Regional Development Agency closure
The Government announced the abolition of the nine Regional Development Agencies (RDAs) in England – eight regional agencies through the Public Bodies Bill and the London Development Agency through the Localism Bill - on 22 June 2010. BIS wishes to ensure an orderly transition and closure of RDA programmes, which maintains focus on delivery.
The eight RDAs will cease operations by April 2012, with formal closure and final accounts delivered later in the summer, along with the final abolition order under the Public Bodies Act which received Royal Assent on 14th December 2011.
The London Development Agency (LDA) is expected to cease operations by March 2012, following Royal Assent for the Localism Act on 15th November 2011. It is intended that all LDA assets and liabilities will be transferred to the Greater London Authority (GLA) before the LDA closes. This will give the GLA an important portfolio of regeneration assets to support its new responsibilities for housing and regeneration in London which are being implemented in the Localism Bill.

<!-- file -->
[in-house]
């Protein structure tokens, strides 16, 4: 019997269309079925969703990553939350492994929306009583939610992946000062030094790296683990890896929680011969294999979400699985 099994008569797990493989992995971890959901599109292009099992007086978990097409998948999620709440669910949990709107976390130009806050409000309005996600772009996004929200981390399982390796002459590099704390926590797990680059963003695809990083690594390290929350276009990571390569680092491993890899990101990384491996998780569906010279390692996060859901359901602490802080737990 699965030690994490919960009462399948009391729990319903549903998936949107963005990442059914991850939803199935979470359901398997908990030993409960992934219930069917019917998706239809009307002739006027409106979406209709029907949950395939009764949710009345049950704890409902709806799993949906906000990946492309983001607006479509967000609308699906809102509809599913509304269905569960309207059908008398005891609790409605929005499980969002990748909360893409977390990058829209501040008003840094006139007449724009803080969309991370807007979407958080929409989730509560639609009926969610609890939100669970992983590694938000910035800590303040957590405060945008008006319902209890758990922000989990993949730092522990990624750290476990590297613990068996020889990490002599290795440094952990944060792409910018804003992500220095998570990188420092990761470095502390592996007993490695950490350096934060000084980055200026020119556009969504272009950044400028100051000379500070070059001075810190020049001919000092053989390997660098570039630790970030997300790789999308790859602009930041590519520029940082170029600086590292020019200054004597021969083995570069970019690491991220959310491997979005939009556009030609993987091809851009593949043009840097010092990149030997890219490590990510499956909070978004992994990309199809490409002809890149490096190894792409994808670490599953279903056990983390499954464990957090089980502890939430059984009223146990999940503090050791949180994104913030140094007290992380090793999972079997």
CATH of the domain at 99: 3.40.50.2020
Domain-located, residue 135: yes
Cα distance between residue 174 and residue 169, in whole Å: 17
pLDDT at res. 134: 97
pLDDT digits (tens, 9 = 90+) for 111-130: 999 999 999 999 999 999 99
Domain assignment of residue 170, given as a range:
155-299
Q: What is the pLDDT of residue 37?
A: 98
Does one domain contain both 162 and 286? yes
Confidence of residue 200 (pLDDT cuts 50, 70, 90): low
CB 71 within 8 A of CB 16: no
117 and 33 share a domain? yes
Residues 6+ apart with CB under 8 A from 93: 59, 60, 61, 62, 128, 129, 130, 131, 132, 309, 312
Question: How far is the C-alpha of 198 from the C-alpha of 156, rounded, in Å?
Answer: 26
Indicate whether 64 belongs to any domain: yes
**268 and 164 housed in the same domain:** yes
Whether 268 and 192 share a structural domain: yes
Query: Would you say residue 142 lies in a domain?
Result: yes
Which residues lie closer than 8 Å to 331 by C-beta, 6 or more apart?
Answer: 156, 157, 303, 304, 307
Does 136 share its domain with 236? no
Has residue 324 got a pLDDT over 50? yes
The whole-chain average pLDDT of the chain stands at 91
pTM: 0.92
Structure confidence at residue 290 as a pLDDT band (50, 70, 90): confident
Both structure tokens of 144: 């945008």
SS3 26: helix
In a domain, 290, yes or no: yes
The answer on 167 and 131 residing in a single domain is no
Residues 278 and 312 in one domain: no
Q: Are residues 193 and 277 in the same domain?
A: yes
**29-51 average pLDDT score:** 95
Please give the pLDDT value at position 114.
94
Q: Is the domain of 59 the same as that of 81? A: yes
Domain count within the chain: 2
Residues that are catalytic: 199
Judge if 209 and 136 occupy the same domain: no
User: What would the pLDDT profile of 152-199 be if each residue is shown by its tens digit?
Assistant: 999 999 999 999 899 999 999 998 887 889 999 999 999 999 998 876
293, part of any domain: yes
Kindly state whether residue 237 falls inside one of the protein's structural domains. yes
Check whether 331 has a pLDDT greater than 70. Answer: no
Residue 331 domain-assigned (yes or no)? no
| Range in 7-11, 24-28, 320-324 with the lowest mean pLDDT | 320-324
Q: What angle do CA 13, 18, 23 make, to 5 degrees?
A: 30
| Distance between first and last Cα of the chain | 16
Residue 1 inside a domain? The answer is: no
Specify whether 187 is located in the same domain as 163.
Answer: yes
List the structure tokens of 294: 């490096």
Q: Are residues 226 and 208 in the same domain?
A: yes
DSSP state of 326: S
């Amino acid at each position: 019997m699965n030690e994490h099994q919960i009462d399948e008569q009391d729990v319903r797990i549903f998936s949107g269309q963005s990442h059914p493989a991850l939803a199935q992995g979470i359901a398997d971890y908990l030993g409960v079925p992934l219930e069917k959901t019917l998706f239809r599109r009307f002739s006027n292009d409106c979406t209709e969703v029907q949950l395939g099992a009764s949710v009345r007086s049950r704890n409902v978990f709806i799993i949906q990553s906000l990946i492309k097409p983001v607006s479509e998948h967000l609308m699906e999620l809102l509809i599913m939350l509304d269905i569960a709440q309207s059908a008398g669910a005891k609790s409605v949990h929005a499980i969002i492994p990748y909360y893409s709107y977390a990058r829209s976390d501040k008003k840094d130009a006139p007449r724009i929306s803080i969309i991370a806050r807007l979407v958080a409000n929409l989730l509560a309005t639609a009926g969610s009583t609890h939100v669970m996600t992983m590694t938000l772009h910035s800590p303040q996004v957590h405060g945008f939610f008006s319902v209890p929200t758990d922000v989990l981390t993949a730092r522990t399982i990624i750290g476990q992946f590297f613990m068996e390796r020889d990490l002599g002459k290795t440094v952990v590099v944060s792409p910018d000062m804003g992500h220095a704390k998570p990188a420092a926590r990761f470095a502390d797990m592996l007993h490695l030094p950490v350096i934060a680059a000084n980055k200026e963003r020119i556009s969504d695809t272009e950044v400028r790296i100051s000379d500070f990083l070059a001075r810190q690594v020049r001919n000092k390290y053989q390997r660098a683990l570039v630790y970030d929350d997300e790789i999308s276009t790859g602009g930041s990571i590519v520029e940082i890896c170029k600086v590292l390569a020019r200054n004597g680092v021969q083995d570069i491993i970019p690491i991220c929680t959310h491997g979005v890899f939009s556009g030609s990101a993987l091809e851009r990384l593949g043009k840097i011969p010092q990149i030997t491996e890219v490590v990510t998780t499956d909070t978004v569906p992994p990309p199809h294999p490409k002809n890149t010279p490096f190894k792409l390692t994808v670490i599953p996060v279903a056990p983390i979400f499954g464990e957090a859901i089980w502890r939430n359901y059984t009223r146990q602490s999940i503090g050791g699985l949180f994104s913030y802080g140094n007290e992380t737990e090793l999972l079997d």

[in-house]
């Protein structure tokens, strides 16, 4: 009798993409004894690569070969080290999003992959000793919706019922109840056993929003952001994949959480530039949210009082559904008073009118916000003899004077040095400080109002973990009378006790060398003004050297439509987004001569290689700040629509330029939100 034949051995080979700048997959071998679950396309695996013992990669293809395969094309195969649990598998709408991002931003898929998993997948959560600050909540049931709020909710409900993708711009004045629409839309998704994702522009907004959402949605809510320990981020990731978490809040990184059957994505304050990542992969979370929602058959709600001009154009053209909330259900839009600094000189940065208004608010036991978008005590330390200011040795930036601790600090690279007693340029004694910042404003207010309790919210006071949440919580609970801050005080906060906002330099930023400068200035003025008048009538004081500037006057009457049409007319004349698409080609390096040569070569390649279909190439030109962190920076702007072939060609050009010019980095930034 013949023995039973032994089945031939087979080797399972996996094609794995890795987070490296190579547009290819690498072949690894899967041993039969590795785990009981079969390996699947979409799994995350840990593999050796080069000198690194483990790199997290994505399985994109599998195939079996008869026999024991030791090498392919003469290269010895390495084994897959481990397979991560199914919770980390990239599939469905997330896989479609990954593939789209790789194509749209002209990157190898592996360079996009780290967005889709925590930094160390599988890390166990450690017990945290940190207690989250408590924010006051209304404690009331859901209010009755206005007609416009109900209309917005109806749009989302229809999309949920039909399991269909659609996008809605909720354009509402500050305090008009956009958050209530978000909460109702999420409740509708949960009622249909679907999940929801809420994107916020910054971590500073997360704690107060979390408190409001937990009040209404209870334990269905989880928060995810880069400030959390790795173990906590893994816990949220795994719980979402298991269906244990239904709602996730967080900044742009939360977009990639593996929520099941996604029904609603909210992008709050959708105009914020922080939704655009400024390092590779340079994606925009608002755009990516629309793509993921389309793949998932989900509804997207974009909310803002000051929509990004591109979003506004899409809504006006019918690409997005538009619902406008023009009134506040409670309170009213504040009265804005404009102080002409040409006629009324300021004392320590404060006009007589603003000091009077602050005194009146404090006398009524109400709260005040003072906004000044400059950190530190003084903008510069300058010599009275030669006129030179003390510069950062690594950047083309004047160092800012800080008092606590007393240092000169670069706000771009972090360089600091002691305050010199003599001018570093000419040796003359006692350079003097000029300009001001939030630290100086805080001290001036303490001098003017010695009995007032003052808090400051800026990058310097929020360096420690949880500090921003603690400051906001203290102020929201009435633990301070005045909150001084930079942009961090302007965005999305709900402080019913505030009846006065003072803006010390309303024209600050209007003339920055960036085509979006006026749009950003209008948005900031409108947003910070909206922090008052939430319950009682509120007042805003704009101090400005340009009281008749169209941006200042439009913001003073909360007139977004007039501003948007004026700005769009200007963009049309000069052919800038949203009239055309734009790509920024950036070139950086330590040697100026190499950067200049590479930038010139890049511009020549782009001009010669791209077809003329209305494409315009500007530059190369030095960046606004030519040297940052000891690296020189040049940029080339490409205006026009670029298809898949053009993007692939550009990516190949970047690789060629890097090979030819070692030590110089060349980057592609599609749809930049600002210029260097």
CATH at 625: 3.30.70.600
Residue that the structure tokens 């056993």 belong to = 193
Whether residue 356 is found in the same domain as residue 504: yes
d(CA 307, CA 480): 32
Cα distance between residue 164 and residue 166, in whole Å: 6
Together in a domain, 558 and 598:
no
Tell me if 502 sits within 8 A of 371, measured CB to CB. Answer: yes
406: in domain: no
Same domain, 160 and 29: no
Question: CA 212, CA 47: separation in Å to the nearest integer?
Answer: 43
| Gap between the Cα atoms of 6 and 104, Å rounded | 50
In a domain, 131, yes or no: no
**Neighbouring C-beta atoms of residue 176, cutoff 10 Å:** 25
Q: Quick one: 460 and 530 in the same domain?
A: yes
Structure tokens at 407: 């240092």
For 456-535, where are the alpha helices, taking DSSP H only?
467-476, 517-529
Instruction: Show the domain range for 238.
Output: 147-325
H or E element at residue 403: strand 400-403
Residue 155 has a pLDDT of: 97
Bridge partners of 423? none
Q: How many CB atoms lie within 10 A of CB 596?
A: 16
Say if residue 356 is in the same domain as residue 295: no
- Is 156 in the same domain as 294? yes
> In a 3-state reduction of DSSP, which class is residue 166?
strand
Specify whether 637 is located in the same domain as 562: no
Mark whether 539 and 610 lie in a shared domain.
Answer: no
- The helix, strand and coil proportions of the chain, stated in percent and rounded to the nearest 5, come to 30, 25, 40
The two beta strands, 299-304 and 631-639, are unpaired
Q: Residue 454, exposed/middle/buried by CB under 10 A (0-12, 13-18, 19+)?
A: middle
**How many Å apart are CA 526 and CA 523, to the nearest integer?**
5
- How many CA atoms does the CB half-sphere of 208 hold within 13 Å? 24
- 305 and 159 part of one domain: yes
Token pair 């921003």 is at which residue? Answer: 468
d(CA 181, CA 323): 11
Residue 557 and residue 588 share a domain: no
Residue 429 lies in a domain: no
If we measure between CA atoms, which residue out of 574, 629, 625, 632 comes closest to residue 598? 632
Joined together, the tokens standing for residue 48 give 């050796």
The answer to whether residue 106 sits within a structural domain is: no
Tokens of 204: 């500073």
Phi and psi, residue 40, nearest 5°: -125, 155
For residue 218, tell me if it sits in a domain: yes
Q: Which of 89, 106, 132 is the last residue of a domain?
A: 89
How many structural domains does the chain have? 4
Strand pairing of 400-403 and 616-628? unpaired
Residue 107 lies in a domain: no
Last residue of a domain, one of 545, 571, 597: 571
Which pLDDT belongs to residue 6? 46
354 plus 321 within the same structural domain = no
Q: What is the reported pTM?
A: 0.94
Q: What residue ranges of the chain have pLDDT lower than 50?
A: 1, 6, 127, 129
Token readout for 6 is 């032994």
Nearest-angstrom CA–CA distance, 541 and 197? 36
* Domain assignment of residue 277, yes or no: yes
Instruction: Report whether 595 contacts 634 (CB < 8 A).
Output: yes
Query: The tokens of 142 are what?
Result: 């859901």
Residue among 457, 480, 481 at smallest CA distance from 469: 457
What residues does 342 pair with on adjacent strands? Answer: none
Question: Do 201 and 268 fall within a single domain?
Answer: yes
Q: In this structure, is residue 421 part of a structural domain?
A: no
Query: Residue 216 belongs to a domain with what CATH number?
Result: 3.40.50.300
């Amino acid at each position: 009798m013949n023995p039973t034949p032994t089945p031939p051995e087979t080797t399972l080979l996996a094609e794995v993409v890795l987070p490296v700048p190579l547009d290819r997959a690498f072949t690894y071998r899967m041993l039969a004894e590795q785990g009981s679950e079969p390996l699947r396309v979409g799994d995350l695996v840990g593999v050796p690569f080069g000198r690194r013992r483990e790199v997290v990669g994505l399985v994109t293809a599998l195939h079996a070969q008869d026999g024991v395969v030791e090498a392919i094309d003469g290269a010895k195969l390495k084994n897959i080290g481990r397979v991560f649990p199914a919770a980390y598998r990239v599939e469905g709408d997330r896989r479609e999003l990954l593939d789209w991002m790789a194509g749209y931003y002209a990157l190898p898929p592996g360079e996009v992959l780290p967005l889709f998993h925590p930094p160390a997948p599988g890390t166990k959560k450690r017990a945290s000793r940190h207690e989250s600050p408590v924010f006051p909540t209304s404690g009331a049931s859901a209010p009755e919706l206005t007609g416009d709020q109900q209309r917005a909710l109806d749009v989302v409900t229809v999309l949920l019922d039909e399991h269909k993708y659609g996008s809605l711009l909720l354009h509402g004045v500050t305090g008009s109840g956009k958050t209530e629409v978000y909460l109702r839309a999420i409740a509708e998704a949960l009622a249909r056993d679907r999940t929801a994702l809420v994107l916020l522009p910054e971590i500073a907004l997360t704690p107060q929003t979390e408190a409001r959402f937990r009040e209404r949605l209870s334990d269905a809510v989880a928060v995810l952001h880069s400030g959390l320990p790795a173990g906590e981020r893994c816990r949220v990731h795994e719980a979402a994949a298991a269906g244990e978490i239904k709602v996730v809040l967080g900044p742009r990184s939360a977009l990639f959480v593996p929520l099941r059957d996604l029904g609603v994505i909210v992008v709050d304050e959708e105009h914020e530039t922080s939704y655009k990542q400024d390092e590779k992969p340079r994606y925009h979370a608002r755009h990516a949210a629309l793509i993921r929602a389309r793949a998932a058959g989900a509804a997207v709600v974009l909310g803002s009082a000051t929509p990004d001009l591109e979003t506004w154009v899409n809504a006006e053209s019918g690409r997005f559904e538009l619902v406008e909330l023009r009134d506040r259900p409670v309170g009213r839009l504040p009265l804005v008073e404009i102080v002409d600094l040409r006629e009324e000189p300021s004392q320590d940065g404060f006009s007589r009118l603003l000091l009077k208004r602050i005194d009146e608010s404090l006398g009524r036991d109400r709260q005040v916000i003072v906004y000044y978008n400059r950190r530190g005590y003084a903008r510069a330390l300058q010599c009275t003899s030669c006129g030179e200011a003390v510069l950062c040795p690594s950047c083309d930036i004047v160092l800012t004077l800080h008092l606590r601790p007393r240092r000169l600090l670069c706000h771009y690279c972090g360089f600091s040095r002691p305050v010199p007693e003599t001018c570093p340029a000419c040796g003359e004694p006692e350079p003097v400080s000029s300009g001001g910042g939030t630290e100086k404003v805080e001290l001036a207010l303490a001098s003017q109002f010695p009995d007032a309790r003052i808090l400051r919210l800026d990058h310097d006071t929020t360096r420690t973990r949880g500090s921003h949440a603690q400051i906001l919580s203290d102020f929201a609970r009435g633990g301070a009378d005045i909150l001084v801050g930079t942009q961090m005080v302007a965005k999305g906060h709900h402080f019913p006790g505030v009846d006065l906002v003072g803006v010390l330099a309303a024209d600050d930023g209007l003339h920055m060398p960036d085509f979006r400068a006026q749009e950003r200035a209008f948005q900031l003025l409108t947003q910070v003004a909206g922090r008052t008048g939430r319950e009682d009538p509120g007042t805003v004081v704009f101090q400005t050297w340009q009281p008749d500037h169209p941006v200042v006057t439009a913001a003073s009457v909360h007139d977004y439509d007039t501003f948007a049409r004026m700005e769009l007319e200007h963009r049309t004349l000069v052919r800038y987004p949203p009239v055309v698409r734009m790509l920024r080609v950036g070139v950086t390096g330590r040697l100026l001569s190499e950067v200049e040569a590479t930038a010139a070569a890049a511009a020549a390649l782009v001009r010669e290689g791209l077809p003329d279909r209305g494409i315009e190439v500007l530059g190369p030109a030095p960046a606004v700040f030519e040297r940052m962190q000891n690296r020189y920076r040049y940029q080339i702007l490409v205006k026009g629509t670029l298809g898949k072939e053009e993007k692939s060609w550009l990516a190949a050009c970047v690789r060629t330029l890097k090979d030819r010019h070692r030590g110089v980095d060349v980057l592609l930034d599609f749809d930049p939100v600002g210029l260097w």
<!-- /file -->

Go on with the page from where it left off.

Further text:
It is important for BIS and the RDAs that the RDAs’ assets and liabilities are disposed of appropriately and transparently. Most RDA assets and liabilities have now been transferred out of the RDAs –the RDA assets page has more details of how RDAs disposed of these assets. RDA assets and liabilities outside London that have not been disposed of by March 2012 will be transferred to BIS.
The following web pages will give you more detail about the closure programme and how we are managing the transition, and will include RDA Board minutes for meetings held in 2012. For more information about RDAs and what they did, you can view archived versions of BIS and RDA websites in the UK Government Web Archive.
The eight Regional Development Agencies (RDAs) were established under the Regional Development Agencies Act 1998, and were formally launched in eight English regions on 1 April 1999. The ninth, in London, was established in July 2000 following the establishment of the Greater London Authority (GLA). responsibility for sponsorship of the RDAs transferred to DTI (BIS's predecessor Department) in 2001.
Under the Regional Development Agencies Act 1998, each Agency has five statutory purposes, which are:
- To further economic development and regeneration
- To promote business efficiency, investment and competitiveness
- To promote employment
- To enhance development and application of skill relevant to employment
- To contribute to sustainable development
The RDAs' agenda included regeneration, taking forward regional competitiveness, taking the lead on inward investment and, working with regional partners, developing a skills action plan to ensure that skills training matched the needs of the labour market.